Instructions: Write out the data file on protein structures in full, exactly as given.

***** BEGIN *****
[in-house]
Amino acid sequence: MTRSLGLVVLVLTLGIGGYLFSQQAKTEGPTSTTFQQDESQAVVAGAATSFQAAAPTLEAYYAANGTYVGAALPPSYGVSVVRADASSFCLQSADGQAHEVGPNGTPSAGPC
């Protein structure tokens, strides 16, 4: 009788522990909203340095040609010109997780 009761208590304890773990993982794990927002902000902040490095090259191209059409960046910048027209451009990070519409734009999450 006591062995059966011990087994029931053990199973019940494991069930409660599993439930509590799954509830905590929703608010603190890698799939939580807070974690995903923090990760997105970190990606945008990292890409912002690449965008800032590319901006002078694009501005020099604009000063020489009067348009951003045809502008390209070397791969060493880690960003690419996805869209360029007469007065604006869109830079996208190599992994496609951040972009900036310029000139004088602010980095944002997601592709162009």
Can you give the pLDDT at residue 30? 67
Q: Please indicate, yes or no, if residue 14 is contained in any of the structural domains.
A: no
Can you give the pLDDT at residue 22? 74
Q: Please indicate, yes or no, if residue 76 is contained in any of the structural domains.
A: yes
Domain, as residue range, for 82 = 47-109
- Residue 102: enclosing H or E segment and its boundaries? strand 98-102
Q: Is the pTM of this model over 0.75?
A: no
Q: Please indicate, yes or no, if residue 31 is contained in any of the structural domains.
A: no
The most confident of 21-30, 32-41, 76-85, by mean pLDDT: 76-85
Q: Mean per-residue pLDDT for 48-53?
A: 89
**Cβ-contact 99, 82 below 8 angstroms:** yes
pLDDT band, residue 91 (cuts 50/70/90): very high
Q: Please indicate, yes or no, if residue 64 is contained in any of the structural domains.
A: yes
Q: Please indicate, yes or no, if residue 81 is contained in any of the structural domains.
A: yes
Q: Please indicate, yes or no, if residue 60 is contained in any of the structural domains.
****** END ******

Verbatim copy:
[in-house]
Amino acid sequence: MTRSLGLVVLVLTLGIGGYLFSQQAKTEGPTSTTFQQDESQAVVAGAATSFQAAAPTLEAYYAANGTYVGAALPPSYGVSVVRADASSFCLQSADGQAHEVGPNGTPSAGPC
């Protein structure tokens, strides 16, 4: 009788522990909203340095040609010109997780 009761208590304890773990993982794990927002902000902040490095090259191209059409960046910048027209451009990070519409734009999450 006591062995059966011990087994029931053990199973019940494991069930409660599993439930509590799954509830905590929703608010603190890698799939939580807070974690995903923090990760997105970190990606945008990292890409912002690449965008800032590319901006002078694009501005020099604009000063020489009067348009951003045809502008390209070397791969060493880690960003690419996805869209360029007469007065604006869109830079996208190599992994496609951040972009900036310029000139004088602010980095944002997601592709162009």
Can you give the pLDDT at residue 30? 67
Q: Please indicate, yes or no, if residue 14 is contained in any of the structural domains.
A: no
Can you give the pLDDT at residue 22? 74
Q: Please indicate, yes or no, if residue 76 is contained in any of the structural domains.
A: yes
Domain, as residue range, for 82 = 47-109
- Residue 102: enclosing H or E segment and its boundaries? strand 98-102
Q: Is the pTM of this model over 0.75?
A: no
Q: Please indicate, yes or no, if residue 31 is contained in any of the structural domains.
A: no
The most confident of 21-30, 32-41, 76-85, by mean pLDDT: 76-85
Q: Mean per-residue pLDDT for 48-53?
A: 89
**Cβ-contact 99, 82 below 8 angstroms:** yes
pLDDT band, residue 91 (cuts 50/70/90): very high
Q: Please indicate, yes or no, if residue 64 is contained in any of the structural domains.
A: yes
Q: Please indicate, yes or no, if residue 81 is contained in any of the structural domains.
A: yes
Q: Please indicate, yes or no, if residue 60 is contained in any of the structural domains.